THIS WEEK’S TOP STORIES
Theater: Comedy opens new inlet stage with short run
By Carrie Humphreys
Divorced? Widowed? Living apart? Don’t dismay.
“The Last Romance,” written by Joe DiPietro, conjures up the possibility of a second chance at love in the golden years. The tender comedy opening next week at the newly-built Murrells Inlet Community Center mixes heartbreak with humor centering on three aging characters who desperately need each other in different ways.
Ralph (played by Nick Cianciatto) captivates as an elderly widower who lives with his slightly younger sister Rose (Patricia Dunning), a possessive, relentless nag and manipulator. Enter Carol (played by Holli “Heart” Fowler). Ralph meets the widowed Carol when he wanders into a dog run at the park where Carol brings her dog Peaches for exercise. Ralph, a retired railroad worker who once dreamed of being an opera star, is a bit of a wise guy with a prickly sense of humor who is smitten by the attractive and stylishly attired Carol. At first, Ralph’s forwardness and brash humor take the proper Carol aback, but Ralph is truly warm and witty and Carol eventually succumbs to his charms. The lonely and domineering Rose, however, is determined to hold on to her brother Ralph.
Says Rose to Carol, “My brother is quite a catch. He can still drive at night!”
The cast exudes talent.
Cianciatto is a native New Yorker who is a retired fireman and emergency nurse. He performed extensively in the New York area and toured performing interactive murder mysteries. He last appeared in the inlet theater’s production of “Black Tie.” He’s a natural for the part, according to his cast mates.
“I like playing an older character, there aren’t that many roles for older folks,” he said. “Older people can be lonely and it is nice to see them reconnecting, just like they did when they were younger. Oh, there’s a little sadness in this play, but that’s part of life.”
Dunning has been involved with acting since high school and continued performing in various plays and experimental productions during her tenure as professor of communications at the University of Pittsburgh. She is making her debut with the theater group.
“This is a character role, which I prefer; playing someone with substance,” Dunning said. “My biggest challenge is getting used to being on stage again after being away from it for a while.”
Fowler, a veteran of many theaters for over 25 years was last seen on the inlet stage in the one-woman play “Shirley Valentine.” Her most recent role was in “August: Osage County” at the Theater of the Republic. She was an instructor for the Children’s Theatre Workshop in Florence and a radio personality on the morning show “Heart and Walker in the Morning.”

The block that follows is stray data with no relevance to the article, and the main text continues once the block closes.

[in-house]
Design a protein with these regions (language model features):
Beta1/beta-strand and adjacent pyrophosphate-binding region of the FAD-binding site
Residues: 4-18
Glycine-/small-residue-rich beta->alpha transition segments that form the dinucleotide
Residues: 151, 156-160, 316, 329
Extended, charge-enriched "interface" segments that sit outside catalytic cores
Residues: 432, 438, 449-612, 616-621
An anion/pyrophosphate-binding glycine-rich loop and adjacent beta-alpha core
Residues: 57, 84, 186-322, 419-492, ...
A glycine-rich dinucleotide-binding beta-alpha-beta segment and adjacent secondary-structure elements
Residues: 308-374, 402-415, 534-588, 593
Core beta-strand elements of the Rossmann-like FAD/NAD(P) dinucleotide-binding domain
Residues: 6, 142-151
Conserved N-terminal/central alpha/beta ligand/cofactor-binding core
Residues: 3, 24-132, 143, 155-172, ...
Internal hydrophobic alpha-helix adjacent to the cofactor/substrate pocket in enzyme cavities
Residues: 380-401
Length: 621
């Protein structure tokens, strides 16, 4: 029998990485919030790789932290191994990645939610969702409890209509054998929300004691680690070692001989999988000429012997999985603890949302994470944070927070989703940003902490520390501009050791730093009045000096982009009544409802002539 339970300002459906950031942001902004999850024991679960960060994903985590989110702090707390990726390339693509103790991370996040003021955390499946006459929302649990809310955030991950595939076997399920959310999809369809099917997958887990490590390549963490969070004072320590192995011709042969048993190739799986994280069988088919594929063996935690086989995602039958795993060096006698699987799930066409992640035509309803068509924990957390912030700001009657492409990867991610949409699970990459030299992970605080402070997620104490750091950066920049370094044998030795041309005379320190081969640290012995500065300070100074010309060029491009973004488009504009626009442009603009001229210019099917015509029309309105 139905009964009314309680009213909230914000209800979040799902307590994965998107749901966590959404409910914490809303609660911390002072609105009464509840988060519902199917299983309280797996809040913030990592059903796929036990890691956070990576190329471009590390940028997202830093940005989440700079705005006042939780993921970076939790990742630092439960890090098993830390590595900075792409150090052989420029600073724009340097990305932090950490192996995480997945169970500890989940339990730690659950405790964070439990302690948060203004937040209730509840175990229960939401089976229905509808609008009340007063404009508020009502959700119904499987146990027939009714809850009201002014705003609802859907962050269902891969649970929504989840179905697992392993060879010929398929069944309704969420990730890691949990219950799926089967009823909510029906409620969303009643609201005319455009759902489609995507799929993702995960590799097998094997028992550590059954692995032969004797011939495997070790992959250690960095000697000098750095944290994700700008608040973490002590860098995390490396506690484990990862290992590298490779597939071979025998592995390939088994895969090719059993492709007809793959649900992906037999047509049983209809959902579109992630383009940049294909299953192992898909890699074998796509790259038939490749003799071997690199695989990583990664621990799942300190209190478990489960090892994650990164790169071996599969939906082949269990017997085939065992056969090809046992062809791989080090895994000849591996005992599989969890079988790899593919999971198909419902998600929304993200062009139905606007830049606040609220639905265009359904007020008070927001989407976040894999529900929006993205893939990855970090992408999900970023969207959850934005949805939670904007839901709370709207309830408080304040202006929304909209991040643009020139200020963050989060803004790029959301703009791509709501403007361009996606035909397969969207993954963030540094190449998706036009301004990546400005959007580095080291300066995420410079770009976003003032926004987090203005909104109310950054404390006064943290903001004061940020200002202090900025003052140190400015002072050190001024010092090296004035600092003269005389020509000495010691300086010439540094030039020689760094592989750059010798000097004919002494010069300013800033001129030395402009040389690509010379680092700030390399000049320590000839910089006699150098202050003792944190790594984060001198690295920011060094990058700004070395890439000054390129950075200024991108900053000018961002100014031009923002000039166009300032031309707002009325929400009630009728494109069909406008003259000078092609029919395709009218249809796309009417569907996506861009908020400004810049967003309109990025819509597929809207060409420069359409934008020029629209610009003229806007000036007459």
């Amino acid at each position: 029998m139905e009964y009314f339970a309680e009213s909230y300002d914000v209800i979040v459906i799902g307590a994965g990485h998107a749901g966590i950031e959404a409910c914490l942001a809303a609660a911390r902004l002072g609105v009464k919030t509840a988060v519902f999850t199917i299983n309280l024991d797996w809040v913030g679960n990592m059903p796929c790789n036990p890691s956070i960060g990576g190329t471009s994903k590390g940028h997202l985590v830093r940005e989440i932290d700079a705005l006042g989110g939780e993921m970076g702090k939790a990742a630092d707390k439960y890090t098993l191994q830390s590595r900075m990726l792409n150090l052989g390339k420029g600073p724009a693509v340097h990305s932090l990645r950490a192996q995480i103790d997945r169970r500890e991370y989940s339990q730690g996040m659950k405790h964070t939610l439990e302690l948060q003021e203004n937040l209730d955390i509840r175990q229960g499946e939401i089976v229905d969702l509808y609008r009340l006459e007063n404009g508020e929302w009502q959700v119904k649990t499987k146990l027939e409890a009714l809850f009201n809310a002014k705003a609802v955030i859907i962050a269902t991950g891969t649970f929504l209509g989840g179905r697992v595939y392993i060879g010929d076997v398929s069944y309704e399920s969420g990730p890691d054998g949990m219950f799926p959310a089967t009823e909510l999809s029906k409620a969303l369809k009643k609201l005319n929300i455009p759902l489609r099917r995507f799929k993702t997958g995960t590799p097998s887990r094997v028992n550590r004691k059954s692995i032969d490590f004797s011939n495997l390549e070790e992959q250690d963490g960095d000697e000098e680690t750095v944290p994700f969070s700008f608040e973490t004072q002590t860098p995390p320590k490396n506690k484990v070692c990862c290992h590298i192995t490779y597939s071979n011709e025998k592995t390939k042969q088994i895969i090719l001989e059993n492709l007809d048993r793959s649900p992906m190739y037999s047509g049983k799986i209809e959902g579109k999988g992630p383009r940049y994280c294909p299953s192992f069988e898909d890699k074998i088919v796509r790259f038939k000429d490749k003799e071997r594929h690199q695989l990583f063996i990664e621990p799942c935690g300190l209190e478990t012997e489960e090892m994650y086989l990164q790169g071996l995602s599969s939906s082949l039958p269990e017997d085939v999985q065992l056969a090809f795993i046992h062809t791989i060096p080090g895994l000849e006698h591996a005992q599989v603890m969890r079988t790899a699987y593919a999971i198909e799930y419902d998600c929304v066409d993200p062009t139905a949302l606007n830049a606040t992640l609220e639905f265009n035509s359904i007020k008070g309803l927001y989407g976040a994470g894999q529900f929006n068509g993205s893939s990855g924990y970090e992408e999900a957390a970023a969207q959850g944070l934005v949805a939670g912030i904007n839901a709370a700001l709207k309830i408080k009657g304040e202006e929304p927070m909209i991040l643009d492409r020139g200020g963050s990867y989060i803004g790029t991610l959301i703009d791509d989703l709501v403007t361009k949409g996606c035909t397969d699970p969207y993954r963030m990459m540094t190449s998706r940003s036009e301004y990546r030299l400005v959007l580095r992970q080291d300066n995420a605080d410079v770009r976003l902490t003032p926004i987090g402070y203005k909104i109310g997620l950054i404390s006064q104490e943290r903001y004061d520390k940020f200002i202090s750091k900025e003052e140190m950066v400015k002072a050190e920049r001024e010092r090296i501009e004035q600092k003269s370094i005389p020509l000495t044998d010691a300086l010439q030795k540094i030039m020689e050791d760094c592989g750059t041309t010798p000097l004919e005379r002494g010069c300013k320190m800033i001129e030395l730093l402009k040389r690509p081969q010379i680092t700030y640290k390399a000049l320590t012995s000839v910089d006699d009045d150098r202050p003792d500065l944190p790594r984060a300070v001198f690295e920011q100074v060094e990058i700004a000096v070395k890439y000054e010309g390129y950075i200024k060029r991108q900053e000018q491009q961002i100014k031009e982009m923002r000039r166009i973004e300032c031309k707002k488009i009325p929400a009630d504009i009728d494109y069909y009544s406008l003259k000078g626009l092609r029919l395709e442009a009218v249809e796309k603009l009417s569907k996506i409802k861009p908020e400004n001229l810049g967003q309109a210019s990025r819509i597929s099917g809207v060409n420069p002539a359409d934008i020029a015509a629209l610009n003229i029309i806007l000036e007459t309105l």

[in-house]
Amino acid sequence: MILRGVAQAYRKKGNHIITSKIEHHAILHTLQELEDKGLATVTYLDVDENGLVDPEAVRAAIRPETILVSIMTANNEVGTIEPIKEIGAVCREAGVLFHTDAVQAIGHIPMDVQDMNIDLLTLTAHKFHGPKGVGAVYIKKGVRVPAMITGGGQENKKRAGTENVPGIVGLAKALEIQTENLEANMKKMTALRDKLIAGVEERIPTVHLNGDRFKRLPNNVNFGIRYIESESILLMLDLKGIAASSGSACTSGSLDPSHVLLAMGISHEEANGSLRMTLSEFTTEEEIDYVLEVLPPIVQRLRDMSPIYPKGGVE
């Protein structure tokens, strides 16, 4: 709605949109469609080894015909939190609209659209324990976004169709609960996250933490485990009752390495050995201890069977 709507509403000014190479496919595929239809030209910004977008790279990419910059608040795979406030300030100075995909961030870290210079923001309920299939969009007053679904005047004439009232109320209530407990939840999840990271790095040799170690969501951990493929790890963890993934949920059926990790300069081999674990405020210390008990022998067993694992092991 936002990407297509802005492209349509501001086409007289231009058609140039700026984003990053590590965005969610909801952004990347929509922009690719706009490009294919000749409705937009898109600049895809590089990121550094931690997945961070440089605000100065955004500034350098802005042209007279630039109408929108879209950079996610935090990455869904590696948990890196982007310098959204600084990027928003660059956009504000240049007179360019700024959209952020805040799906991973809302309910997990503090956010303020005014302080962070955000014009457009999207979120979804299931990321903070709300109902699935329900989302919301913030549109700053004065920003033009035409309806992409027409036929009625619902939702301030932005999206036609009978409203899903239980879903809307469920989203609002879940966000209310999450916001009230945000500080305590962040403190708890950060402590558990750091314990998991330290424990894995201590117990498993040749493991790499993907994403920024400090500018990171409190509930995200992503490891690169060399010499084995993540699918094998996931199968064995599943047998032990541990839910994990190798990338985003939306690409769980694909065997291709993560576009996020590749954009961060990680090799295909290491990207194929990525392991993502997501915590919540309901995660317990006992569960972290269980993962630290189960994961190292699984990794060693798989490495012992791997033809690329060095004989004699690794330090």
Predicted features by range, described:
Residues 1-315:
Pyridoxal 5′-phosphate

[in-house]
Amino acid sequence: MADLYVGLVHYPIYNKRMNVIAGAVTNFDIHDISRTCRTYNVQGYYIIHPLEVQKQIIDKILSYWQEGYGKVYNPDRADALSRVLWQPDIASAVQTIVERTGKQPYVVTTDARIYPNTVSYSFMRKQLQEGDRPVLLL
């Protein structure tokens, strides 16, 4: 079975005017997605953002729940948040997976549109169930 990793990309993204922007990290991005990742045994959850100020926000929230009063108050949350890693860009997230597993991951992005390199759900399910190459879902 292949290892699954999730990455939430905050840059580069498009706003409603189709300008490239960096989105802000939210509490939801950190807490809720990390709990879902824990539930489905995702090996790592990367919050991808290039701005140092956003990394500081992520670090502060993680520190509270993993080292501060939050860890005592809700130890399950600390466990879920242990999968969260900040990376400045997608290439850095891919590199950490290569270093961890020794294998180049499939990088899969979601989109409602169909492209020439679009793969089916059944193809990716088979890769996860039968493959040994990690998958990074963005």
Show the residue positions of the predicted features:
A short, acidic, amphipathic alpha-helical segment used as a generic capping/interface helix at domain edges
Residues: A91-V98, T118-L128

She values her role because the story makes one take a look at life and realize the shortness of it. “Life can change in a moment,” Fowler said. “‘The Last Romance’ shows the value of family and relationships and the frailty of life. The message is serious, yet funny.”
Donna Catton-Johnson directs the threesome, plus canine Bella, making her debut as Peaches. Bella belongs to Fowler and was rescued from the Myrtle Beach Humane Society.
Catton-Johnson is also well qualified, having been involved with 90-plus theatrical productions since 1978 as an actor, director and costume designer. She holds a degree and teacher certification in both visual arts and theater and currently teaches art at Socastee Elementary. She also acts in the Murder Mystery Dinner Theatre at the House of Blues and recently began acting in short films in Wilmington, N.C.
Catton-Johnson said the play is loaded with laughs and will particularly appeal to the older crowd. “And to those who enjoy Italian opera.” Suade Anderson, a musician from Myrtle Beach, performs the arias via video screen. Cianciatto said he sings “just a little bit.”
The director’s challenge are the technical aspects of the production. “And all the kinks in dealing with a new facility,” Catton-Johnson said.
The kinks will be worked out, said Mike Bivona, president of Murrells Inlet Community Theater. The opening of “The Last Romance” was delayed a week and the run shortened to one weekend. But he promises cushioned seats and up-to-the-minute sound, lighting and projection systems. “And for the first time our actors will be miked,” he said.
The opening performance of the 2014-15 season is the first since May 2012 when the former community center was torn down. The new center has a seating capacity of 100, but tickets must now be reserved in advance, Bivona said.
“The Last Romance” runs Nov. 13-15 at 8 p.m. and Nov. 16 at 2 p.m. Tickets are $12 each and $10 for groups of 15 or more. Call 651-4152 to reserve seats.